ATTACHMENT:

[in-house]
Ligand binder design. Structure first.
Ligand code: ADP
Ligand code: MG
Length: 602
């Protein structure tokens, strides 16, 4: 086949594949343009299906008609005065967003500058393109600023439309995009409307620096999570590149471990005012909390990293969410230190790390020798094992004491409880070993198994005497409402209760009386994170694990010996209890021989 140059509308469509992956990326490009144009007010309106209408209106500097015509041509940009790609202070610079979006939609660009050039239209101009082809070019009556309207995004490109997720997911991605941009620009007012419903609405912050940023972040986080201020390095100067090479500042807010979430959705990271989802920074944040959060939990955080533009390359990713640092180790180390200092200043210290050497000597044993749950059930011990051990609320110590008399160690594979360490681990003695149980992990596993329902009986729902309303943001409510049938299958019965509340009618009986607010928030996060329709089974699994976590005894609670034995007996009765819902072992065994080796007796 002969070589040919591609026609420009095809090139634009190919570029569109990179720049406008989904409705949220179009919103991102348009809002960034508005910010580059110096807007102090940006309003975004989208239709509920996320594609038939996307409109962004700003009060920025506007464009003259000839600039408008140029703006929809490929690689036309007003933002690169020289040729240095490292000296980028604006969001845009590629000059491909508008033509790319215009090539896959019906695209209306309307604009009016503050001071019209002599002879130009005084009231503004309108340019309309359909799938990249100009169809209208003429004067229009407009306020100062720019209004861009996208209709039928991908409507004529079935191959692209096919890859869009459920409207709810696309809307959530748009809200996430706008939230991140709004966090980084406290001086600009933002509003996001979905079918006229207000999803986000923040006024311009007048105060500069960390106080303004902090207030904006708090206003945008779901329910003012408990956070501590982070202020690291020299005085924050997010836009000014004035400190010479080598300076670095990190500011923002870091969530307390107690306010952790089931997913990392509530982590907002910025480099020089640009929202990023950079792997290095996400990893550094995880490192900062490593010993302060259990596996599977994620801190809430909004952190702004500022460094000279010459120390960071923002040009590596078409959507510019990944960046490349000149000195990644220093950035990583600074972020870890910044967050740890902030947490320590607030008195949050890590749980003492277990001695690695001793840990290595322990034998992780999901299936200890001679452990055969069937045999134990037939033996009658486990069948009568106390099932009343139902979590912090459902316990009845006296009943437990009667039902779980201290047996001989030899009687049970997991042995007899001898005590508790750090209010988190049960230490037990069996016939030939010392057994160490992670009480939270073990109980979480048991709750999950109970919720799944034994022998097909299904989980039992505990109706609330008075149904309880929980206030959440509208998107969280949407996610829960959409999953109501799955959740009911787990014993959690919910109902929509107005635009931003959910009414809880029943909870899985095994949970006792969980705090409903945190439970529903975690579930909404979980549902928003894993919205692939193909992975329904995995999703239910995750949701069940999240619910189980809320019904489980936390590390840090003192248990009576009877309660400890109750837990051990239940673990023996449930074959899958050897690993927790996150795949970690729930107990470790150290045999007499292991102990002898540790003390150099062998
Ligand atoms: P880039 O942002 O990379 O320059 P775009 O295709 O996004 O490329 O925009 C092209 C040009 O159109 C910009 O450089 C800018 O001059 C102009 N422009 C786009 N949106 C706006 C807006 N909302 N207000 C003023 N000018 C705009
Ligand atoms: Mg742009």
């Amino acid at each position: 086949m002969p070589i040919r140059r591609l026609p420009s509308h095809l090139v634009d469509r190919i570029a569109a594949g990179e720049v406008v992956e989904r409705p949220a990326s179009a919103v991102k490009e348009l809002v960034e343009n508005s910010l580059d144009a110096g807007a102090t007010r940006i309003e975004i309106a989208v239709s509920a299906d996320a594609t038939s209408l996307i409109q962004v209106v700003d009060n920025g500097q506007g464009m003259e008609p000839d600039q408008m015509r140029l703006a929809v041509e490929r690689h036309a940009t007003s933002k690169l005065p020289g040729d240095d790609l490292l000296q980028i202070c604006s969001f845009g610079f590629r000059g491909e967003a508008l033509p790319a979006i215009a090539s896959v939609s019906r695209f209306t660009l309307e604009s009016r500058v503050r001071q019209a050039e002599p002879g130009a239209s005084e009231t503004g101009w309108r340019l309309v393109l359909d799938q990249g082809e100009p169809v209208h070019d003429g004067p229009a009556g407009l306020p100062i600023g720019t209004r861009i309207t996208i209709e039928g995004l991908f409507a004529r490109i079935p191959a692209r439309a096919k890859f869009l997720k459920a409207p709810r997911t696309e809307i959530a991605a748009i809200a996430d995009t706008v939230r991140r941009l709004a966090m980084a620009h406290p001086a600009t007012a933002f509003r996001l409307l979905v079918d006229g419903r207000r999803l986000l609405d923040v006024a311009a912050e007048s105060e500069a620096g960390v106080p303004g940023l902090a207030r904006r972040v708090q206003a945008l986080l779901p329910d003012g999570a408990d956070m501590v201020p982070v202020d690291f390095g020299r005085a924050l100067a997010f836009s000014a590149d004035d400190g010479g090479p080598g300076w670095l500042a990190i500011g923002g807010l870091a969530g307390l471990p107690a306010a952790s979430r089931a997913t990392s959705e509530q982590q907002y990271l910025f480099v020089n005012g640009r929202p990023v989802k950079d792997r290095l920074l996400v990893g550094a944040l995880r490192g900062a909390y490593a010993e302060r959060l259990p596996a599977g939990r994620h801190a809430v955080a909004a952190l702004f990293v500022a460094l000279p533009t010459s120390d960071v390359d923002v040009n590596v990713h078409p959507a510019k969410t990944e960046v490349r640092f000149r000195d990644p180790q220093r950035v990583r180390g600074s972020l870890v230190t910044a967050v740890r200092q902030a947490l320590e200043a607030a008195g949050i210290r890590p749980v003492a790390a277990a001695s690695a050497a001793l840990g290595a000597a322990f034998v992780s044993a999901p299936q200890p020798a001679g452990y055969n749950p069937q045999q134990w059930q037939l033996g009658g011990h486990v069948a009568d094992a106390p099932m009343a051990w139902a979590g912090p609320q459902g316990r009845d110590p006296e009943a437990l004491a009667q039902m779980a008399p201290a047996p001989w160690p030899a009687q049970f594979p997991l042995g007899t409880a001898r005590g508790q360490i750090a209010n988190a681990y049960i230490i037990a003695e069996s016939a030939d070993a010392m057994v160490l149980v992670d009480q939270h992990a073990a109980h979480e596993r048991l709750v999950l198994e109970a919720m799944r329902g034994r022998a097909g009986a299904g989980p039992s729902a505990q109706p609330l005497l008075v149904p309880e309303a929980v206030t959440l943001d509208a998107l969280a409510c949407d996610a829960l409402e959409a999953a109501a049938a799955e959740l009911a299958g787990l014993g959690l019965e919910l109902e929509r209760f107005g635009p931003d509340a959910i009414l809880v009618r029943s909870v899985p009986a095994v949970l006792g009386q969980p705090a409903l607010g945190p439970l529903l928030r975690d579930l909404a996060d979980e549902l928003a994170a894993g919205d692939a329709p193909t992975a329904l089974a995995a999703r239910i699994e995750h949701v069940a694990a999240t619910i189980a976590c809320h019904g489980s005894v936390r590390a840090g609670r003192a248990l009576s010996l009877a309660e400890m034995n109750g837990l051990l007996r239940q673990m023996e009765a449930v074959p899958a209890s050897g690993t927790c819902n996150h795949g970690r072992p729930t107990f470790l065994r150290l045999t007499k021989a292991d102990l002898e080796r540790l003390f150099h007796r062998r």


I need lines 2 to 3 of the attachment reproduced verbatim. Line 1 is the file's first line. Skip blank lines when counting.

Ligand binder design. Structure first.
Ligand code: ADP